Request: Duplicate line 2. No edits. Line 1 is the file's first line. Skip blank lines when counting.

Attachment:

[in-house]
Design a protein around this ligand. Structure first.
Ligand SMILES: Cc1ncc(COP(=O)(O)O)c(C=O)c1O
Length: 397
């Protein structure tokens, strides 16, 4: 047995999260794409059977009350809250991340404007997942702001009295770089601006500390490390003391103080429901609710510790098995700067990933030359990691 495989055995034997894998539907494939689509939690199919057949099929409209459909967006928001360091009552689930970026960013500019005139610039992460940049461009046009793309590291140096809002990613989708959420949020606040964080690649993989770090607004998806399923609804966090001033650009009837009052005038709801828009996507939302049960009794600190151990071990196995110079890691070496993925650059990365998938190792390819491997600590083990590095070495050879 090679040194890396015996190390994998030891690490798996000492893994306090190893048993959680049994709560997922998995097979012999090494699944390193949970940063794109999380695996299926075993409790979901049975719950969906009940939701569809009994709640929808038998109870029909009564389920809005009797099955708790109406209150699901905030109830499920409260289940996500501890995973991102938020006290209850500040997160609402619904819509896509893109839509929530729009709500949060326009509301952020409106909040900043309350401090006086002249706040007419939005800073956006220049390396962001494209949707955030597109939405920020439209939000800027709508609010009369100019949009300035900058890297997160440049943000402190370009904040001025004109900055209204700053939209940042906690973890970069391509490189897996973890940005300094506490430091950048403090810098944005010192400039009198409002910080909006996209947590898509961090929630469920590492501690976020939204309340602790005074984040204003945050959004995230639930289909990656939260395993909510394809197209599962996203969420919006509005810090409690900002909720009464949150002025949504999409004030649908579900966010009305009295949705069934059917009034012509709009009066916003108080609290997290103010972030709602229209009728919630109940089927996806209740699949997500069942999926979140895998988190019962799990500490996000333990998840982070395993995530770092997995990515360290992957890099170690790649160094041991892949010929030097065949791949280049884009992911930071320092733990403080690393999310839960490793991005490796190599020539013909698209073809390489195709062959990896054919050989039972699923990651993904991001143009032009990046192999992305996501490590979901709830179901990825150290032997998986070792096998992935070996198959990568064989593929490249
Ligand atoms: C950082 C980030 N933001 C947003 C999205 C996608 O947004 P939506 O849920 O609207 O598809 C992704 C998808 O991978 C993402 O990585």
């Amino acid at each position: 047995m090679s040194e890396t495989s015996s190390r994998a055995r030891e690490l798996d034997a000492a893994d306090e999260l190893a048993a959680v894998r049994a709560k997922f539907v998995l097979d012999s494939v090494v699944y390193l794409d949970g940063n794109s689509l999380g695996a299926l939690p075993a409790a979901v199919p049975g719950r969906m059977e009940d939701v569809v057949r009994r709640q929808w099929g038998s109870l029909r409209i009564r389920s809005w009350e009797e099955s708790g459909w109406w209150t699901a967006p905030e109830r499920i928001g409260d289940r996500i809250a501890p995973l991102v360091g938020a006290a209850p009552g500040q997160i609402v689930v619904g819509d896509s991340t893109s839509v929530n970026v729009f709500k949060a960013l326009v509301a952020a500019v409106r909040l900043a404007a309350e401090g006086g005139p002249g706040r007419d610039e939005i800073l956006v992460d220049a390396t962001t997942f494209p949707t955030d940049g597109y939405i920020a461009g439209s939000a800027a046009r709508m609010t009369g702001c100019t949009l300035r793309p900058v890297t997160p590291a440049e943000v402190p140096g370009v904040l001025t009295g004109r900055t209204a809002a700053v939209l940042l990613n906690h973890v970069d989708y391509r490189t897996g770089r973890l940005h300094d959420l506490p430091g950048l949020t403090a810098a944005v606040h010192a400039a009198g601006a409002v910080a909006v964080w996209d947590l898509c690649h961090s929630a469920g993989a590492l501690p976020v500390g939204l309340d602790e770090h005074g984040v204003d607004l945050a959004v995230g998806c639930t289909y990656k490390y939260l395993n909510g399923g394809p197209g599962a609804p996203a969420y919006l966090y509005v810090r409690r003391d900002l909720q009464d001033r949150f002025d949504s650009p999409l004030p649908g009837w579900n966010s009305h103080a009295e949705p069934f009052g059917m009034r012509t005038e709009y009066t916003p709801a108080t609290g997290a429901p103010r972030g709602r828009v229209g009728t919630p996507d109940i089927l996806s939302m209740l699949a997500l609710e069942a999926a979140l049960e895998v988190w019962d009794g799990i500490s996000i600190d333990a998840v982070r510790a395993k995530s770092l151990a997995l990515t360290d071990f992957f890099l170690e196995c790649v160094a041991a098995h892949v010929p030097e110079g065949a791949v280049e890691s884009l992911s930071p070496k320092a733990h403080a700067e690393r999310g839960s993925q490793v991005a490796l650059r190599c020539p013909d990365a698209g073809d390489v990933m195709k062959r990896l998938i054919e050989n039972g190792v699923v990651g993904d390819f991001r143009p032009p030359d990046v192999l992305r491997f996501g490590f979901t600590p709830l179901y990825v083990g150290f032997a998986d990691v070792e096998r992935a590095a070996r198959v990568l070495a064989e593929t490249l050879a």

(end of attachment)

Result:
Design a protein around this ligand. Structure first.